Ian Rudick: I Am My Father’s Son
My dad met my mom through a newspaper, although it’s not like you think. If I understand the story right, my mom-to-be and dad-to-be first met from separate rowboats in a Prospect Park pond. My dad-to-be asked my mom-to-be, across the water, if she was done reading her newspaper. She was, but she charged him five cents to buy it from her. Since they were in the middle of a pond, he paid it. Even if this isn’t exactly right, the story works for me.
I met my wife-to-be through a newspaper, too, but in different circumstances. She replied to an ad I’d placed for a teacher/counselor to work at a group home for people with developmental disabilities. My boss screened the applicants and, based on her cover letter, told me to hire her. It was one of the few times I listened to a person in authority and was glad I did.
My dad-to-be introduced my mom-to-be to his best friend, Sid Cohn. I introduced my wife-to-be to my best friend, Frank Hunter. My dad and I always had an easier time nurturing others than ourselves.
My dad bought a raincoat business called Weathercraft, which he turned into a wholesale business selling church vestments. He also had Hopkins Company which was a retail business selling church vestments. Additionally, he had Ian Roberts Company and SherMar Uniforms. I never knew what they were or if they were active businesses when I was a boy. I did understand they were named for his four kids: Ian, Robert, Sherrie, and Marilynne. When the Catholic Church became too liberal for him, he created additional income by investing in the stock market, buying and selling stocks as they came onto the market. He was a serial entrepreneur before and after my birth.
I started Come From the Heart in 1994, selling discounted long distance to benefit non-profit groups. The business has evolved in more ways than I can write in a short paragraph, but the themes were always to demonstrate a model of win/win mutual benefit as the preferred way of doing business and to use business as a tool for social good. I was a serial entrepreneur before his death and continue to be one today, after his death.
When I was young, I worked as a stock clerk for my dad, climbing bins to find cassacks (the long, close-fitting garments worn by priests) and boxes for shipping to retailers (using a Hopkins mailing label) or to a church (using a Weathercraft label). I’d also take boxes to the post office, although most went via UPS. I got to keep any change from the purchase and check the mail (something I still enjoy doing to this day). When I worked during the summer, fringe benefits included a malted from the soda fountain down the street from my dad’s office. Today, I enjoy smoothies made from soymilk — they’re reminiscent of the malteds of my youth.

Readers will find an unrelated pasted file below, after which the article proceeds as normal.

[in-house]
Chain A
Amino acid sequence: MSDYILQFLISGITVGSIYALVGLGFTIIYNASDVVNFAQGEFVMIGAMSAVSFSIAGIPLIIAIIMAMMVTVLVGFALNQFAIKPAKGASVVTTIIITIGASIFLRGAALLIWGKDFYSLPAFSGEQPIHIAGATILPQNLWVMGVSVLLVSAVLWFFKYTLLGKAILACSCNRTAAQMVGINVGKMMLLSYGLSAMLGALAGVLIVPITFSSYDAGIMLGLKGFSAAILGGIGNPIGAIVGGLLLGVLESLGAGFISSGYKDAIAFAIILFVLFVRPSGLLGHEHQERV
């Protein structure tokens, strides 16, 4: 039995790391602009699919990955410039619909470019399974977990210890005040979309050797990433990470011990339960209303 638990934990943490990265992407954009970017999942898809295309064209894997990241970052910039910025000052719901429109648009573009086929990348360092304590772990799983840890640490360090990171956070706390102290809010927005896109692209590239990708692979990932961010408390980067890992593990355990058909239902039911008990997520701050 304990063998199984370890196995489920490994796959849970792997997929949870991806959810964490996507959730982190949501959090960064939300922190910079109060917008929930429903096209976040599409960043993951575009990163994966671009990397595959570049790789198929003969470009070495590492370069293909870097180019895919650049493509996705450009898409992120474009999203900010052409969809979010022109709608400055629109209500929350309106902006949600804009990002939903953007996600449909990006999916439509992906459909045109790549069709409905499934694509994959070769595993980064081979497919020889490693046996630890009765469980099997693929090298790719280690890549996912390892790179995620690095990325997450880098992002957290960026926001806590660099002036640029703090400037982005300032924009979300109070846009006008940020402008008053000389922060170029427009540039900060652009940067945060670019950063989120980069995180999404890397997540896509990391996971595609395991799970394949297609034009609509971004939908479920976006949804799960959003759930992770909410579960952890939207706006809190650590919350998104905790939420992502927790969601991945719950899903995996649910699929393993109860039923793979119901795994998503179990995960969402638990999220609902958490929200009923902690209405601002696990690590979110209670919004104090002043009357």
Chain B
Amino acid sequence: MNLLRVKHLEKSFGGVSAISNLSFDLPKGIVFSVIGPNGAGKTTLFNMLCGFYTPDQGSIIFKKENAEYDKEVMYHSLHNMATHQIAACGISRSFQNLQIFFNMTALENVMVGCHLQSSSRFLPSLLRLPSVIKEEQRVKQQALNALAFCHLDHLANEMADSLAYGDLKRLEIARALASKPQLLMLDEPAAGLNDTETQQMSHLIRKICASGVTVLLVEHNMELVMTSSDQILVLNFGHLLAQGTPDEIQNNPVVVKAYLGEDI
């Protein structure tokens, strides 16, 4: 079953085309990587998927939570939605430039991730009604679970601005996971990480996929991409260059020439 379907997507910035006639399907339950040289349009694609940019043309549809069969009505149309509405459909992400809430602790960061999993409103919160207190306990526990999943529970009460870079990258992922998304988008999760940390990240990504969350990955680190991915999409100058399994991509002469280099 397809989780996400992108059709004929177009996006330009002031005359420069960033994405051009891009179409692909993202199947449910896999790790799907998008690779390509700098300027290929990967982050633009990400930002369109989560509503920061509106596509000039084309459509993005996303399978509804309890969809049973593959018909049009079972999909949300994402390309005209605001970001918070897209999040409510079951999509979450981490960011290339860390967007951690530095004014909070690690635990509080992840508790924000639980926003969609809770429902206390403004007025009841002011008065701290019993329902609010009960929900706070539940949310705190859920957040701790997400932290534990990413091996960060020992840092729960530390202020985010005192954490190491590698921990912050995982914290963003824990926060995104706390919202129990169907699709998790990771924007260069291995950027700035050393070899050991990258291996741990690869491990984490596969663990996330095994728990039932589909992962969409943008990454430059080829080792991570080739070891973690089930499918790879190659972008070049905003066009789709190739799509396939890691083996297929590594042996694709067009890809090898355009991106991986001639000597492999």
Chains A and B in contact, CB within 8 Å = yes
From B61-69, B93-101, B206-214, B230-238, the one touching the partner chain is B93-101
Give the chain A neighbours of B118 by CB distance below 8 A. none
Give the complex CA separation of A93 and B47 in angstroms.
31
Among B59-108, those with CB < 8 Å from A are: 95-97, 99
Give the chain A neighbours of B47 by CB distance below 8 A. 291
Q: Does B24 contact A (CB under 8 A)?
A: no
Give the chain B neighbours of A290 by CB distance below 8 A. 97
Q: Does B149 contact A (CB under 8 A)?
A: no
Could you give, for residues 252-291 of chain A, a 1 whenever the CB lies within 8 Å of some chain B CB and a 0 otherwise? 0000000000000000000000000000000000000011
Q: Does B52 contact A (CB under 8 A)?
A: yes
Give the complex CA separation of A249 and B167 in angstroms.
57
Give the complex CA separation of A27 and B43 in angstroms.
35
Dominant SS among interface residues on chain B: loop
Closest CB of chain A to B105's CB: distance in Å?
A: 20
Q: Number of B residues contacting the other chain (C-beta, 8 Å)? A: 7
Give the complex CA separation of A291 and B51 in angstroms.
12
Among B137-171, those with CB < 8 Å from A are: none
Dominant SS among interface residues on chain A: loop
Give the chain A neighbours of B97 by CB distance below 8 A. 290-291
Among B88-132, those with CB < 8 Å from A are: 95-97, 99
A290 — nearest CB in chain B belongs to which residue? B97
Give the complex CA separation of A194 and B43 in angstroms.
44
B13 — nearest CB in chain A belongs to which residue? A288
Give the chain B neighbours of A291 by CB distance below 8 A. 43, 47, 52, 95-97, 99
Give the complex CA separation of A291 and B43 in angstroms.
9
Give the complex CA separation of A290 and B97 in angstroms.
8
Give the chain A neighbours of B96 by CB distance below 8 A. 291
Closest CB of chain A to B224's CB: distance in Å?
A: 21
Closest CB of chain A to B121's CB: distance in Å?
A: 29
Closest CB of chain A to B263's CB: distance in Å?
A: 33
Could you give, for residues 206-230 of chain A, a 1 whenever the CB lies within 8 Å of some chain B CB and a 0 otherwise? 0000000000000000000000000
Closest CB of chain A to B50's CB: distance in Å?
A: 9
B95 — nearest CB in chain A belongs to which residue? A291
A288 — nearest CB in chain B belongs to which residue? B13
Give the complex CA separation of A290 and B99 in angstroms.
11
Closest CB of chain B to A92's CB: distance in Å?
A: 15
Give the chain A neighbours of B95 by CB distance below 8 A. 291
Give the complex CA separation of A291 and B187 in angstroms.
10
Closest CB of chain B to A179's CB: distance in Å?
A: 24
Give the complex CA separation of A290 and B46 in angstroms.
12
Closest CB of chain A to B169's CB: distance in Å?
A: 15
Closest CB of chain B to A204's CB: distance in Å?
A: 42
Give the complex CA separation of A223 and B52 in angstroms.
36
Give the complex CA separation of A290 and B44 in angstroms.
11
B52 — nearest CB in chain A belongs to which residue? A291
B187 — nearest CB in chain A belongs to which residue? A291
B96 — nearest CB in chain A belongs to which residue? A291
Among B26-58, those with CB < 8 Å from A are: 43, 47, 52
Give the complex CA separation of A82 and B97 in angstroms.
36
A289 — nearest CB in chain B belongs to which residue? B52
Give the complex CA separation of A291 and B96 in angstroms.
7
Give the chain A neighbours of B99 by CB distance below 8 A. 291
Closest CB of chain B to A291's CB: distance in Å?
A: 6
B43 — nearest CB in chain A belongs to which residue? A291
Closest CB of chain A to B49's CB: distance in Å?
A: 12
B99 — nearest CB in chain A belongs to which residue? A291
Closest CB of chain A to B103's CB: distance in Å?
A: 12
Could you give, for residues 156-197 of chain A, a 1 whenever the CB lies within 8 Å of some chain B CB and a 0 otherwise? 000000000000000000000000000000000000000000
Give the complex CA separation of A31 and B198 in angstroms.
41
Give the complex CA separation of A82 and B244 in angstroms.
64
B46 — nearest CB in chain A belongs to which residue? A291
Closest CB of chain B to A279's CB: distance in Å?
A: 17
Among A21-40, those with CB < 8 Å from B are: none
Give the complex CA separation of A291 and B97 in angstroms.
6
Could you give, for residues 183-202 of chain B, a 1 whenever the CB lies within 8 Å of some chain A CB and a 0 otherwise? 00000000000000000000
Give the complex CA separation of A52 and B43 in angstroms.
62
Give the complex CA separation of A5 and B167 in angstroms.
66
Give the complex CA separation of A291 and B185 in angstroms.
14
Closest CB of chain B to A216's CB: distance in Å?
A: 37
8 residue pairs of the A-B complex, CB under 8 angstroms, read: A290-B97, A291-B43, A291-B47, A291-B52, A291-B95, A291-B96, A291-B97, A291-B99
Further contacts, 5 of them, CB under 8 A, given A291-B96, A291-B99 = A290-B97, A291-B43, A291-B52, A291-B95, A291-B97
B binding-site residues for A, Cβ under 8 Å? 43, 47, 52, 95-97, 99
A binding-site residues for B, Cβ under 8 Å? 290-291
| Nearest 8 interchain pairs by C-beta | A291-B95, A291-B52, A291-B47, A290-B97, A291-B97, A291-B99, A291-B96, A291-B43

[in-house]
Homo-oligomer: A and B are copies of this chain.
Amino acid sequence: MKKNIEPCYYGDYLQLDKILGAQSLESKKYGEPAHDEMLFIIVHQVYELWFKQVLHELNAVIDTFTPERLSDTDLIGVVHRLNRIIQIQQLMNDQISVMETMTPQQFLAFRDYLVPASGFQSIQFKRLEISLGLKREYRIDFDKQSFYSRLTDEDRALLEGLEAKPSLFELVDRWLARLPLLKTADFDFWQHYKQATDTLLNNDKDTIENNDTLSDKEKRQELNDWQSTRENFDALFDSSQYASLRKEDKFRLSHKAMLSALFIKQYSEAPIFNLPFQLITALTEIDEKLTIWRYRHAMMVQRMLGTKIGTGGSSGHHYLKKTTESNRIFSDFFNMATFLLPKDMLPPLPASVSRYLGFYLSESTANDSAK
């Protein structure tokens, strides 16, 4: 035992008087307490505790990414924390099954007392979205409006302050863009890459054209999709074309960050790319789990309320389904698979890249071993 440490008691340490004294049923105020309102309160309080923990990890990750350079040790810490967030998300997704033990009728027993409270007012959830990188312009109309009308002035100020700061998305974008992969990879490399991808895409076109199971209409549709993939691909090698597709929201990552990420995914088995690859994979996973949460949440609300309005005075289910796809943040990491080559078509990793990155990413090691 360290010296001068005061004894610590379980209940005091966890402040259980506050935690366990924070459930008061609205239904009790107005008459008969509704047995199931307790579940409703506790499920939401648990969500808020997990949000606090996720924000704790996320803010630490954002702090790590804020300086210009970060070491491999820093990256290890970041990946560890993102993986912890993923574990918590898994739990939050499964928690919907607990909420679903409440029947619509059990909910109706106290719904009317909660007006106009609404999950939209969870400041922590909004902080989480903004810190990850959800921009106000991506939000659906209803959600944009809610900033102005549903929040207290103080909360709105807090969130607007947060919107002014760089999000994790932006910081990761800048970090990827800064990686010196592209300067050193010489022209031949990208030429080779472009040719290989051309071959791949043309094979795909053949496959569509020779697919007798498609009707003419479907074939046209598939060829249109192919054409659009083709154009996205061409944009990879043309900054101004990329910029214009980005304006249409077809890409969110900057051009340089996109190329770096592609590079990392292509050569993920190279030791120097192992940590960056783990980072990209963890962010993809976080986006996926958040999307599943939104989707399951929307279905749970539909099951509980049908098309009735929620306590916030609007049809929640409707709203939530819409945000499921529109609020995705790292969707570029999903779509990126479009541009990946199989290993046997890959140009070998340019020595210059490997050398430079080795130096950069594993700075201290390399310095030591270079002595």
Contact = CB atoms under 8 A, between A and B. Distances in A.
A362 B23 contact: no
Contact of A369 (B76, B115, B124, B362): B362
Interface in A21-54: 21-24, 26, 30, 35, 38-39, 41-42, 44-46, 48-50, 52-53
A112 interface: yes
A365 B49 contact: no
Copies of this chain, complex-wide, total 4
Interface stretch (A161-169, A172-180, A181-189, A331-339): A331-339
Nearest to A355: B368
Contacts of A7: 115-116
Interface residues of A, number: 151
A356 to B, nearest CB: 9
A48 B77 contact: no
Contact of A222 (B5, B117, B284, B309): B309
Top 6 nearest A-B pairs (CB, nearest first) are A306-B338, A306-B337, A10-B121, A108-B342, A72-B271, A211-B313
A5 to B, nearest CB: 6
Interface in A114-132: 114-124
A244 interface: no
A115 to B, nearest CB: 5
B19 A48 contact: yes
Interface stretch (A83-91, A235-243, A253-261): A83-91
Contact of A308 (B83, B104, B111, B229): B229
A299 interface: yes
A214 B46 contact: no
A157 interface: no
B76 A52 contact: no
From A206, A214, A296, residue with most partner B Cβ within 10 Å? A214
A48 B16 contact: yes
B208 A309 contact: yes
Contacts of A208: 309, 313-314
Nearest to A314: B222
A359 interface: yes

When my kids were high school age early in the 21st century, they earned their cell phones by working for their dad (me). I had them do data entry, which is this century’s version of the stock clerk. I paid them residual income if any of the names they entered became sales. Many years later, I discovered my daughter Marcie had entered Rite Aid on a database as a contact, thus enabling her to share in any profit that might come to be. In May 2012, I was part of a team that met with Rite Aid to sell them reusable bags wherever there is a ban on one-time paper and plastic bags. Five years later, I’m still waiting for Rite Aid’s answer…
When I was a young man, my dad would type out letters on his typewriter — he had terrible penmanship — which he called his waiting for UPS letter. He knew that UPS would come eventually, so while he waited, he filled his time productively with a letter to his son. Today, I type on a computer when I have some time, and I often write things to share with my son and daughter. The more things change, the more things stay the same.
We are not the first, and we won’t be the last
For the threads wound too tight to unravel
If we stare in our mirrors, and never look back
We won’t see the roads we have traveled
Generations, like a rock beneath the water
Generations, more and more….
Behind this good writer is a great editor; Mark Bloom. Learn more about Mark’s talents at: Mark Bloom: Words that empower your business.